The U.S. Embassy in Canberra said that it had received a formal notification from the Government of the Solomon Islands that said it was suspending all US naval visits pending updates in protocol procedures.
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All naval visits have been put on hold by the Solomon Islands until further notice as a result of an earlier incident on August 23 in which the Oliver Henry of the U.S. Coast Guard was denied permission to make a planned port call.
The event occurs as worries about Beijing’s sway in the area and Solomons Prime Minister Manasseh Sogavare’s efforts to strengthen connections with the Chinese authorities while securing his hold on power have grown.
U.S. Embassy in Canberra: “On Aug. 29, the United States received formal notification from the Government of the Solomon Islands regarding a moratorium on all naval visits, pending updates in protocol procedures.”
“We will continue to closely monitor the situation,” said a spokesperson.
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Naval visits have been put on hold after the Oliver Henry finished its part in Operation Island Chief, which aimed to monitor and stop the region’s ongoing problem with Chinese fishing fleets: illegal fishing. Together with other members of the Pacific Islands Forum Fisheries Agency (FFA), such as Australia, New Zealand, and Fiji, Operation Island Chief was carried out.
Oliver Henry was expected to make a stop in Honiara, Solomon Islands, on August 23 for refuelling and resupply, but Solomons authorities gave it no reaction. The crew was then rerouted to Port Moresby, Papua New Guinea.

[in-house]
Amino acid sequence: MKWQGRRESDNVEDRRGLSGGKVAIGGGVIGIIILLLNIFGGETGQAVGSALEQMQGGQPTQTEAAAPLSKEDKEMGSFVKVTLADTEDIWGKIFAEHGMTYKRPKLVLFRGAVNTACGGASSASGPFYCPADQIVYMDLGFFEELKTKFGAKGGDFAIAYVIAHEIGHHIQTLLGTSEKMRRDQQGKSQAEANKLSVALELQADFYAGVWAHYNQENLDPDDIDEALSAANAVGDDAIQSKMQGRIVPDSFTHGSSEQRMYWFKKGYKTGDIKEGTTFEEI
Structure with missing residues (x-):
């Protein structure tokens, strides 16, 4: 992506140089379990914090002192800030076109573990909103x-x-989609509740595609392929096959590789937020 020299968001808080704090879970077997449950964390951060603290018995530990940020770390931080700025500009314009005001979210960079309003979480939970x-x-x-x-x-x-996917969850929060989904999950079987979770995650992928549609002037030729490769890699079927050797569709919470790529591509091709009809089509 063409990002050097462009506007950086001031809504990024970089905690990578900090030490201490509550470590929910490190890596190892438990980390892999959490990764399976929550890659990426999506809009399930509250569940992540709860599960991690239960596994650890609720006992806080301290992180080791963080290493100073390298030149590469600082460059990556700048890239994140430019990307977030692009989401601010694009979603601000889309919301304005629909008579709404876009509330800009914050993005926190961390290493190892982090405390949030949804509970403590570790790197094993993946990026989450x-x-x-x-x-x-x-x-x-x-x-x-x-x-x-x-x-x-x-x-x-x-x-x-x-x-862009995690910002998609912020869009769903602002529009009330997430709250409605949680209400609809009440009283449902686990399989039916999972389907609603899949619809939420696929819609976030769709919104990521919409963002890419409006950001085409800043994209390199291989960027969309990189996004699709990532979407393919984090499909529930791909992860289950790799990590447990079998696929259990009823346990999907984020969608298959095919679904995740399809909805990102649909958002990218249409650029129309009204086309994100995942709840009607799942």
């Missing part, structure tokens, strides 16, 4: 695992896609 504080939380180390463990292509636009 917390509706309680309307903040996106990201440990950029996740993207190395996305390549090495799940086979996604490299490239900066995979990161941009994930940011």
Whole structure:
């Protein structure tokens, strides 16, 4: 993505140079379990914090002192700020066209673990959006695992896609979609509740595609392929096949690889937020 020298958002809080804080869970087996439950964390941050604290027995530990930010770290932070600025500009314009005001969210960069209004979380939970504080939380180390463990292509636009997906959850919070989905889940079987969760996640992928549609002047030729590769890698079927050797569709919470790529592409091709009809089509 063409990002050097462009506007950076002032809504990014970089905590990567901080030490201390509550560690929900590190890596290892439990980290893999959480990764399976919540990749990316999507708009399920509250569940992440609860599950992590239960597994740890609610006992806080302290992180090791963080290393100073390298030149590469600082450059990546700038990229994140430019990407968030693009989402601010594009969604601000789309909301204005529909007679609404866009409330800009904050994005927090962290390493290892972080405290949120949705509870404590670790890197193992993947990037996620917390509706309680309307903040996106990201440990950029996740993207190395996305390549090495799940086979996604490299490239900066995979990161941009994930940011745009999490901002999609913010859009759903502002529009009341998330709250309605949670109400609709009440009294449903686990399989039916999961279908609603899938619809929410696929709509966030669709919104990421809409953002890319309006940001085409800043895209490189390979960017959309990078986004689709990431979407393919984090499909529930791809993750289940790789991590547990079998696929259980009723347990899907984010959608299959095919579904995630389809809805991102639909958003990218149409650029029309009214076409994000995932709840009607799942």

“It is disappointing that the USCGC Oliver Henry was not provided diplomatic clearance in support of its operation with the FFA,” the U.S. Embassy said in response.
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Matthew Wale, the head of the Solomons opposition, criticised the Sogavare government’s decision.
“‘Friends to all, enemies to none’ is clearly a joke, the prime minister, Manasseh Sogavare, clearly treats the U.S. and its allies as hostile nations. All our friends must be treated equally,” he said in comments obtained by RNZ.
Following a string of events that seem to indicate Prime Minister Manasseh Sogavare’s administration is strengthening its links to Beijing while simultaneously slowly undermining the country’s democratic institutions, the Solomons’ government has gone radio silent.
On August 18, the government of Sogavare approved a major agreement with the Chinese telecoms company Huawei to construct 161 mobile towers in the nation using a loan of 448.9 million yuan (US$66.15 million) from the government-owned Export-Import Bank of China.
According to several experts, the prime minister’s team submitted a Bill to delay the national elections to Parliament on August 8 in an effort to prevent a possible electoral defeat.
These steps were taken after Sogavare and Beijing signed a security agreement allowing the Chinese Communist Party to post troops, weaponry, and navy ships in the nation. As a result, Beijing would have a military presence near to Guam, New Zealand, and Australia.
The Biden administration has made an effort to increase its presence in the region. On July 12, Vice President Kamala Harris announced a number of Pacific initiatives, including the opening of new embassies in Kiribati and Tonga, the assignment of the first-ever U.S. Envoy to the Pacific Forum, and the deployment of the Peace Corps.
The Solomon Islands saw intense fighting during World War II, including the pivotal Battle for Guadalcanal, which lasted six months and cost 1,600 Allied lives.
Deputy Secretary of State Wendy Sherman, U.S. Ambassador to Australia Caroline Kennedy, and Japan’s Defense Minister Makoto Oniki all attended the 80th anniversary of the Battle, however Prime Minister Sogavare did not.
Chinese foreign policy puts small nations in debt but leaves their internal affairs antiseptically alone. PM Sogavare is doing the same cost-benefit calculations that everyone else does. Solomon Islanders can decide whether he’s protecting their interests.